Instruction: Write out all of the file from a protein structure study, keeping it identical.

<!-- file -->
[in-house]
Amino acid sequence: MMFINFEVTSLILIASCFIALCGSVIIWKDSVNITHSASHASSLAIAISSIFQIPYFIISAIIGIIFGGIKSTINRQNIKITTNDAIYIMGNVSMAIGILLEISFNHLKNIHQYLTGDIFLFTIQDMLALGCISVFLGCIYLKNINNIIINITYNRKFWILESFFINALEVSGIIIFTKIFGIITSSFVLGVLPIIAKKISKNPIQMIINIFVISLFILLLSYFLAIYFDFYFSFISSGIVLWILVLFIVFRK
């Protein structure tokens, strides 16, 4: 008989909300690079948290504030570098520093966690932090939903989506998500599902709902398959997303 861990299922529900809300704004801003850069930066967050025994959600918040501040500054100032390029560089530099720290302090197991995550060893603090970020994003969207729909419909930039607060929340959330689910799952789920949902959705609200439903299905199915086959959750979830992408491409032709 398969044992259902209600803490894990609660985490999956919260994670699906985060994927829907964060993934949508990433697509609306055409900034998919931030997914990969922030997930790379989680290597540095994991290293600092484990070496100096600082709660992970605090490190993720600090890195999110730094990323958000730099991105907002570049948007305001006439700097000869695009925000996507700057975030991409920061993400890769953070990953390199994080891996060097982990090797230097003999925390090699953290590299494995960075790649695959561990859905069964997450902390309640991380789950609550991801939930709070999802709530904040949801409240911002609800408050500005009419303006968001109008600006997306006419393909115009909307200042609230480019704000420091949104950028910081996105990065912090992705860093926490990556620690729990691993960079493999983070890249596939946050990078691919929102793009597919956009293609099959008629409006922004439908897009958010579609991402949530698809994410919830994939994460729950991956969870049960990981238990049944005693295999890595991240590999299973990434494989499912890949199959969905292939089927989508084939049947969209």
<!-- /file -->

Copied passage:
[in-house]
Amino acid sequence: MMFINFEVTSLILIASCFIALCGSVIIWKDSVNITHSASHASSLAIAISSIFQIPYFIISAIIGIIFGGIKSTINRQNIKITTNDAIYIMGNVSMAIGILLEISFNHLKNIHQYLTGDIFLFTIQDMLALGCISVFLGCIYLKNINNIIINITYNRKFWILESFFINALEVSGIIIFTKIFGIITSSFVLGVLPIIAKKISKNPIQMIINIFVISLFILLLSYFLAIYFDFYFSFISSGIVLWILVLFIVFRK
């Protein structure tokens, strides 16, 4: 008989909300690079948290504030570098520093966690932090939903989506998500599902709902398959997303 861990299922529900809300704004801003850069930066967050025994959600918040501040500054100032390029560089530099720290302090197991995550060893603090970020994003969207729909419909930039607060929340959330689910799952789920949902959705609200439903299905199915086959959750979830992408491409032709 398969044992259902209600803490894990609660985490999956919260994670699906985060994927829907964060993934949508990433697509609306055409900034998919931030997914990969922030997930790379989680290597540095994991290293600092484990070496100096600082709660992970605090490190993720600090890195999110730094990323958000730099991105907002570049948007305001006439700097000869695009925000996507700057975030991409920061993400890769953070990953390199994080891996060097982990090797230097003999925390090699953290590299494995960075790649695959561990859905069964997450902390309640991380789950609550991801939930709070999802709530904040949801409240911002609800408050500005009419303006968001109008600006997306006419393909115009909307200042609230480019704000420091949104950028910081996105990065912090992705860093926490990556620690729990691993960079493999983070890249596939946050990078691919929102793009597919956009293609099959008629409006922004439908897009958010579609991402949530698809994410919830994939994460729950991956969870049960990981238990049944005693295999890595991240590999299973990434494989499912890949199959969905292939089927989508084939049947969209």